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    The-Onceler (2012)
    You'll be surprised just how bad he can be.
    Gender: Male
    Type: Annoyingly Greedy and a Cringeworthy Businessman
    The Dark Side of The Once-ler
    Age: 20s (Past)
    70s (Present)
    Species: Human
    Portrayed by: Ed Helms
    Status: Alive
    Media of origin: The Lorax (2012)

    The Once-Ler is the anti-heroic main protagonist and narrator of Dr. Seuss' 1971 book The Lorax, and its TV adaptation and both the secondary antagonist and deuteragonist of the 2012 film adaptation of the same name. While the original book and TV special portray him as a greedy, egotistical person who wants to expand his business and make money, the 2012 film puts him in a different light, and paints him as a decent guy who just wants to impress his family and even agrees not to cut down any more Truffula trees before his family forces him to. Unfortunately, this version of the Once-ler is also notable for other reasons.

    This version of the character was voiced by Ed Helms.

    Bad Qualities

    Note: This will only talk about his role in the 2012 film. His literature and TV special counterparts are fine.

    1. For some reason, this version is portrayed as a dorky, handsome young man who plays guitar and dresses like someone from the mountains, which is a major contrast to the original version it was mysterious and forbidding but still, sympathetic, and the writers here were pandering to a younger audience.
    2. He also gets too many comedic and goofy moments that makes him laughable (such as a scene where he finds the Lorax in his bed and the two of them scream at each other), some of which are unnecessary and only exist to pad the runtime.
    3. For the book and special, his lack of a facial appearance indicated that anyone could end up being like him, whether they're well-intentioned or not. Although showing his face in an adaptation isn't necessarily a bad idea, the film pulled off the idea pretty poorly.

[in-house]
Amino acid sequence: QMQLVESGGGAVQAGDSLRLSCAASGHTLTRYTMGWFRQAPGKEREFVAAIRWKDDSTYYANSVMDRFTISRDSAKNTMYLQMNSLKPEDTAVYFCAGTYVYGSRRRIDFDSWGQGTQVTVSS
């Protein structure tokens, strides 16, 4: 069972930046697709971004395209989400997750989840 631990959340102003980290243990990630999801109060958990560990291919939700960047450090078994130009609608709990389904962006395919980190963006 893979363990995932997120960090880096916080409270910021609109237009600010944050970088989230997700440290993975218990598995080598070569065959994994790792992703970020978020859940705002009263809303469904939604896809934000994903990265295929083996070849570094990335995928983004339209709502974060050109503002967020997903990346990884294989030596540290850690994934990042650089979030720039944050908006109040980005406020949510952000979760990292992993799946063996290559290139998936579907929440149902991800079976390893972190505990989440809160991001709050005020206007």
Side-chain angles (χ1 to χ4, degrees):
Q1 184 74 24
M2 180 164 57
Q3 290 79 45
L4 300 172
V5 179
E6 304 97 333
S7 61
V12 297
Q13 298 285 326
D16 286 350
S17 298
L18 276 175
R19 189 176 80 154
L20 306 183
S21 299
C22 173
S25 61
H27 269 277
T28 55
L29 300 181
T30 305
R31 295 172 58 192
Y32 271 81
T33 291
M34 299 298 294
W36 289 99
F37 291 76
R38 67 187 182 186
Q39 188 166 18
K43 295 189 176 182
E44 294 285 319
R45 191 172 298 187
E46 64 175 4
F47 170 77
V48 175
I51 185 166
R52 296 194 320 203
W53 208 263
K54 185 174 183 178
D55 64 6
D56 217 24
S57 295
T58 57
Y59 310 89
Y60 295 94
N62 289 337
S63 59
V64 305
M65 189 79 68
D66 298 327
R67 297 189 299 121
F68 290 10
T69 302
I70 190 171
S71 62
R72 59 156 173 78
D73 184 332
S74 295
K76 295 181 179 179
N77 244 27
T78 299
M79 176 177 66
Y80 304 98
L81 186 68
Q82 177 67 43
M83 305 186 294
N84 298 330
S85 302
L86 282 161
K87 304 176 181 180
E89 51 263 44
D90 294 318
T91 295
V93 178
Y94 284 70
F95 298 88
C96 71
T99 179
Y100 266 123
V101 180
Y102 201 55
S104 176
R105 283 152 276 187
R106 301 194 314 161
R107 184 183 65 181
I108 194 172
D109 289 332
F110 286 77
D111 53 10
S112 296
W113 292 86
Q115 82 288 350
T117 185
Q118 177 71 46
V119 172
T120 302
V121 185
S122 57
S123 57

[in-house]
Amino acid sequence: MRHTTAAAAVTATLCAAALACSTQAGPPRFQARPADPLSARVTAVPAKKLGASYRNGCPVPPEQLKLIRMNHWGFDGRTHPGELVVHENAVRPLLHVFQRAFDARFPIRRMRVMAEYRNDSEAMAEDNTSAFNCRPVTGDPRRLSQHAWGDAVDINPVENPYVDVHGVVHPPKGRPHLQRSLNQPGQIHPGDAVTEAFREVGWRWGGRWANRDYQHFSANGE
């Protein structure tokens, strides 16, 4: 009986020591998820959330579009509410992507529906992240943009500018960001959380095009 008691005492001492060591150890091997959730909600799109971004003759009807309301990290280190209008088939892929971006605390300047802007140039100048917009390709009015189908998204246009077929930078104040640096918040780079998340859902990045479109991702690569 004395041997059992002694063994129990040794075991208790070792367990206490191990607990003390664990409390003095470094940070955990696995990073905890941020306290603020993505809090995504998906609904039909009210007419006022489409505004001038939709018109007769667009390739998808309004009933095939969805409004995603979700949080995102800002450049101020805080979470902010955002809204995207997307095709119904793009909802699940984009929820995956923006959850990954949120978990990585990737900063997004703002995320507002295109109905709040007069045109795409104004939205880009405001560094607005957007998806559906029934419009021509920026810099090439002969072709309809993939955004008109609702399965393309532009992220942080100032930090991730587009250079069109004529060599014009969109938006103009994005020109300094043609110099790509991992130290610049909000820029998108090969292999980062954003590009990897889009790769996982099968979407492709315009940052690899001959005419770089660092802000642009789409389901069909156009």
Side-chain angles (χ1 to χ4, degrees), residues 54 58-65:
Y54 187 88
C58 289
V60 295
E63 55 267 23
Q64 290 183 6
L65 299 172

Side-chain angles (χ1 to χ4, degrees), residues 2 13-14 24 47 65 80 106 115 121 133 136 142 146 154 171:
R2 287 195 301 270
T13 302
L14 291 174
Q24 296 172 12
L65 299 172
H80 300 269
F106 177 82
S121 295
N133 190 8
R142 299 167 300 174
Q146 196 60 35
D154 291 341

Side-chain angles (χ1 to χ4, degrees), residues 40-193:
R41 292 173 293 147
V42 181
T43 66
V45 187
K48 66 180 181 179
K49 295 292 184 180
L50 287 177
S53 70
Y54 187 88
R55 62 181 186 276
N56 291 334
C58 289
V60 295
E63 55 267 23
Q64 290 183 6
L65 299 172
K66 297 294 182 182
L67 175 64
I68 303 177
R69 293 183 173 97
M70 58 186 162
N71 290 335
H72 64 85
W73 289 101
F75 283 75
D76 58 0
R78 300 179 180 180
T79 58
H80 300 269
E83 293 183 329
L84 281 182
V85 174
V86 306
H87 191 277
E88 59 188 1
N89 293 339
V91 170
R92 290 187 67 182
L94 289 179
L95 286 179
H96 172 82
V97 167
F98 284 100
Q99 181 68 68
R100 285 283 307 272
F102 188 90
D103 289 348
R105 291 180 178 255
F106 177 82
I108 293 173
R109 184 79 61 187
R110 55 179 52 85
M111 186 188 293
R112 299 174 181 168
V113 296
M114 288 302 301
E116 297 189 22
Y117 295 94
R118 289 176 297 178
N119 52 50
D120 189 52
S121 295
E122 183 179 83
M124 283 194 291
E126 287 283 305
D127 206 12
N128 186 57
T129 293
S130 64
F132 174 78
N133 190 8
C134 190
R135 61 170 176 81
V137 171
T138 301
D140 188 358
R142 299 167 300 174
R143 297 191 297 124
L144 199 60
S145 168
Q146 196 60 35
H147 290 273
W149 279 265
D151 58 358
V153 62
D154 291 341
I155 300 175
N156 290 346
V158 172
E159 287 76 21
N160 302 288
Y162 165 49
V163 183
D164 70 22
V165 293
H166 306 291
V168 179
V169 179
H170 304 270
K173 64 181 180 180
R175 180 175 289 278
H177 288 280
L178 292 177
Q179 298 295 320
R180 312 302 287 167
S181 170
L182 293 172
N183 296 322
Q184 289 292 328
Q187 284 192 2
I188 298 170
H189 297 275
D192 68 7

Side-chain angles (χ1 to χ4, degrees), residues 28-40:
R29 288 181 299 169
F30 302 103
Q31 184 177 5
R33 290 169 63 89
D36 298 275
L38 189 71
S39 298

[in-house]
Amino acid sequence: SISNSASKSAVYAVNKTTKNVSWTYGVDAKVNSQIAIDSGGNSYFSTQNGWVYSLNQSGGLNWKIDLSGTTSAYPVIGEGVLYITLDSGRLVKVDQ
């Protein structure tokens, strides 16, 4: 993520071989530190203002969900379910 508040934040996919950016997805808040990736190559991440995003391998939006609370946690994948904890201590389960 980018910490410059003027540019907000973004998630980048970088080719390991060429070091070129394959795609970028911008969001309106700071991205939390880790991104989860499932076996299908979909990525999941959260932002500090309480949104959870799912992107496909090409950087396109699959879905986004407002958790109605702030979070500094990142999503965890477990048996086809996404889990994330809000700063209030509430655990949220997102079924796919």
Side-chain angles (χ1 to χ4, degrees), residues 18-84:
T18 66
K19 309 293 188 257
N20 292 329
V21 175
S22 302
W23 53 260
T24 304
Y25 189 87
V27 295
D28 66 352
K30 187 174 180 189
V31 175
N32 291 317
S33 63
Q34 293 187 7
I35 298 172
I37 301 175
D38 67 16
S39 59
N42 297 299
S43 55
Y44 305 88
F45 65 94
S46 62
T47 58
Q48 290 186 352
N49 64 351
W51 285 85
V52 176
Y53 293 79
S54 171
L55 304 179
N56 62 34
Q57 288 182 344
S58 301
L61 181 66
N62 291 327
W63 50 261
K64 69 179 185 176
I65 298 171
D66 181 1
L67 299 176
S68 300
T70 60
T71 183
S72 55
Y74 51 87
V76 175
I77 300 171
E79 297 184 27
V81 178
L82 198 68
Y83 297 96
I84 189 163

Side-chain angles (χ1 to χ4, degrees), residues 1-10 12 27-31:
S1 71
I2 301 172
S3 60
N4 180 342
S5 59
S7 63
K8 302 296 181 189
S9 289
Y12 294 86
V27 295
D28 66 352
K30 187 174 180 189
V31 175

4. His fall to villainy feels extremely rushed: One moment he cares about the environment and the creatures living in it and wants to do his business without causing too much damage, the next he's an egomaniacal power-hungry bigot who couldn't care less about any suffering he's causing during "How Bad Can I Be?" just because his greedy family forced him to do so. The process is a pretty wasted opportunity to build up that moment. The Nostalgia Critic stated that Anakin Skywalker's turn to darkness was more complex than his.
    5. His reasoning for bringing his family to help with his business doesn't make a lot of sense, considering he knew how unhelpful, horrible, unloving, and disrespectful they were towards him and his business.
    6. Even after years of his business went down, he became a grumpy old hermit who just stayed at his abandoned house and allowed himself to succumb to his lunacy side and was also a jerk at first when Ted first met him.

    Good Qualities

    1. To be fair, his villain song, "How Bad Can I Be?" is pretty catchy and admittedly one thing that works fairly well with the storyline. The only real thing holding it back is the rushed turn to corruption and ruthlessness as mentioned in reason #4. If that aspect was handed better, the song would have been more impactful. His deleted song “Biggering” is even more impactful and bold.
    2. His moments of redemption and regret after his business shut down, were at least, emotionally subtle and fit with the spirit of Seuss' work.
    3. Another moment that works is during the end where he leaves his cabin in the present day for the first year and thanks Ted from a distance (although, some people don't like it since it removes the ambiguity the special had.)
    4. He can be seen as likable or even relatable to some people as all he wants is his family’s approval and does feel regret destroying the animals' home (as mentioned in HGCTQPB?#2), but that's not saying much as he's nothing like his book counterpart.
    5. Ed Helms did a good job voicing him, and he sounds similar to Bob Holt.
    6. "Why aren't you like other kids? Break dancing, wearing bellbottoms, and playing the Donkey Kongs?"



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